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You claim to be so modest
And I will not say you lie,
But no one wears a scarlet skirt
Expecting to get by
Without attracting notice
From the quicker kinds of eye
("Modesty," Anonymous, from the Manyoshu).†

I've been thinking about modesty lately—notions of naked and nude, public and private, sacred and profane. One dictionary I consulted indicates the origin of the word to be the Latin "modestus," meaning "keeping due measure." To be modest, it seems, means to be moderate, to maintain a certain perspective about one's appearance, abilities or achievements. Some synonyms listed in my dictionary include: "decent," "reserved," "humble" and "chaste."

A number of philosophers have written about modesty in the context of personal achievement (Ben-Ze'ev 1993; Nuyen 1998; Ridge 2000; Schueler 1997). Then there are those who write about it in connection with shame or privacy (Riezler 1942). There are those scholars who write about modesty within the context of sexuality (Ellis 1942 [1905]; Krafft-Ebing, Shalit, 2000). From all of these meanings and definitions and contexts, there is frequent discussion about modesty as it relates to dress.

Havelock Ellis wrote an entire chapter about modesty in his Studies in the Psychology of Sex. He asserted that to be modest one does not necessarily need to be clothed. He states, "many races[,] which go absolutely naked[,] possess a highly-developed sense of modesty" (Ellis v. 1, pt. 1, 6). In many societies where the climate is so humid or wet as to make clothing uncomfortable on the body, people feel the same emotions of modesty, shame and chastity as felt by people in societies where clothing the body is a normal everyday occurrence. To be modest does not necessarily mean to be clothed or covered, and even when it does, what parts of the body are clothed to express one's modesty (the genitals, the face, the hair, etc.) varies with culture. Ancient Greeks, for example, participated in sports while nude, but they drew the line at exposure of the penile glans. David Gollaher explains:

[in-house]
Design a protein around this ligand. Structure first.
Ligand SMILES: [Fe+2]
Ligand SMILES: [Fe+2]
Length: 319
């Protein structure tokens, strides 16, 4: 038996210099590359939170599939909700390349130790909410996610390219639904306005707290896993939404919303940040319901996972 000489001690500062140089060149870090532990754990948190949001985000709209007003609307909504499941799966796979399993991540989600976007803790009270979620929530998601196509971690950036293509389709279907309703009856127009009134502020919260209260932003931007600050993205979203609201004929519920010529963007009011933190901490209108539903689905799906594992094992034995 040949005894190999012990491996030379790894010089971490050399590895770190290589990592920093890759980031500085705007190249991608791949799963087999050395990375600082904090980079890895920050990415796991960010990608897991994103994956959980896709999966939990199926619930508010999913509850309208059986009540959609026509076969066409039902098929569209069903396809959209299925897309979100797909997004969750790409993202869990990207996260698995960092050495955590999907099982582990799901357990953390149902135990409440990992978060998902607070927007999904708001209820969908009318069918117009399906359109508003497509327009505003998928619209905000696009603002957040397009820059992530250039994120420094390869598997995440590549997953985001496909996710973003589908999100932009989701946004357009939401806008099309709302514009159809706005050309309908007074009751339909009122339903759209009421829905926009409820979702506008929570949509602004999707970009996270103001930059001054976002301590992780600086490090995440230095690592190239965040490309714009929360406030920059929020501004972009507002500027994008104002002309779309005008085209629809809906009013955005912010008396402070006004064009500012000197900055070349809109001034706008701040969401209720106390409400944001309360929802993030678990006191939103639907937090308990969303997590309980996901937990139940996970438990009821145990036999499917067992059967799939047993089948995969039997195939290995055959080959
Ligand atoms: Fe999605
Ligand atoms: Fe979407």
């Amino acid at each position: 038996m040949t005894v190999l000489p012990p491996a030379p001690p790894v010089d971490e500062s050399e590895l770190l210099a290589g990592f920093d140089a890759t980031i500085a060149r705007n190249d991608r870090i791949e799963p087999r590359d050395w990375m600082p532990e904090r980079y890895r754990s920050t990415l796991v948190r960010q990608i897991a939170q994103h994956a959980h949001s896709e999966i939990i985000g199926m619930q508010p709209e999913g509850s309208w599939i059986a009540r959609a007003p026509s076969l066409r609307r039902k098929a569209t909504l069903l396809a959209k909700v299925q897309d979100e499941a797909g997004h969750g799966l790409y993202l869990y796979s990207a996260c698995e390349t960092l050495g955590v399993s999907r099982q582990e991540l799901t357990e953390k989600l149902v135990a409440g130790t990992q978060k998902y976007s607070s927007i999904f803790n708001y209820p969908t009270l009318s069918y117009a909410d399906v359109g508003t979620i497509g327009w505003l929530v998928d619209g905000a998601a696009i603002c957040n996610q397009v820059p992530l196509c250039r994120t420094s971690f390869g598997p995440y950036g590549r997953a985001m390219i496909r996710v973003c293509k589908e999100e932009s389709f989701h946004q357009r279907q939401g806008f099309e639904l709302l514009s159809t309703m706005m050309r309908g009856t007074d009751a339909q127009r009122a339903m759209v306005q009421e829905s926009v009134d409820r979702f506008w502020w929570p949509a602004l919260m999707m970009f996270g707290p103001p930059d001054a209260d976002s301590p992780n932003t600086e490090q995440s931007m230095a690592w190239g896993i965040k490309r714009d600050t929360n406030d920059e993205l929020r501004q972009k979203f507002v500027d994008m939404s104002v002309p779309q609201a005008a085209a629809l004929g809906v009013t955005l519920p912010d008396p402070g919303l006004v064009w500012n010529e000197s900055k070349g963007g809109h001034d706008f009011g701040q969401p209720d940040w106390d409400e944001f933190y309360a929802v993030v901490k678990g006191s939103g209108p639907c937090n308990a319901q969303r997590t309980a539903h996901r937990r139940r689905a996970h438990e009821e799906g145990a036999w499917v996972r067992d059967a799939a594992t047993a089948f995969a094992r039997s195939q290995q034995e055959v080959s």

The Greek standard of modesty held that the foreskin should cover the glans. Visible glans in an uncircumcised man was taken as evidence of sexual arousal and was thus considered indecent within the arena. To prevent mishaps, many athletes wore the kynodesme, a strand of colored string that looped around the foreskin, closing it tightly over the glans. The Greek code of genital etiquette placed circumcised Jews at an embarrassing disadvantage in the public baths, wrestling matches, and competitive games (14).

Mounira Khemir also suggests that modesty need not require covering the pudenda. She relates this story: "A man was washing at a water hole, stark naked, when to his horror a woman herding goats suddenly caught sight of him. He grabbed his breeches and used them to cover not his private parts, but his face!" (Khemir 1998, 61).

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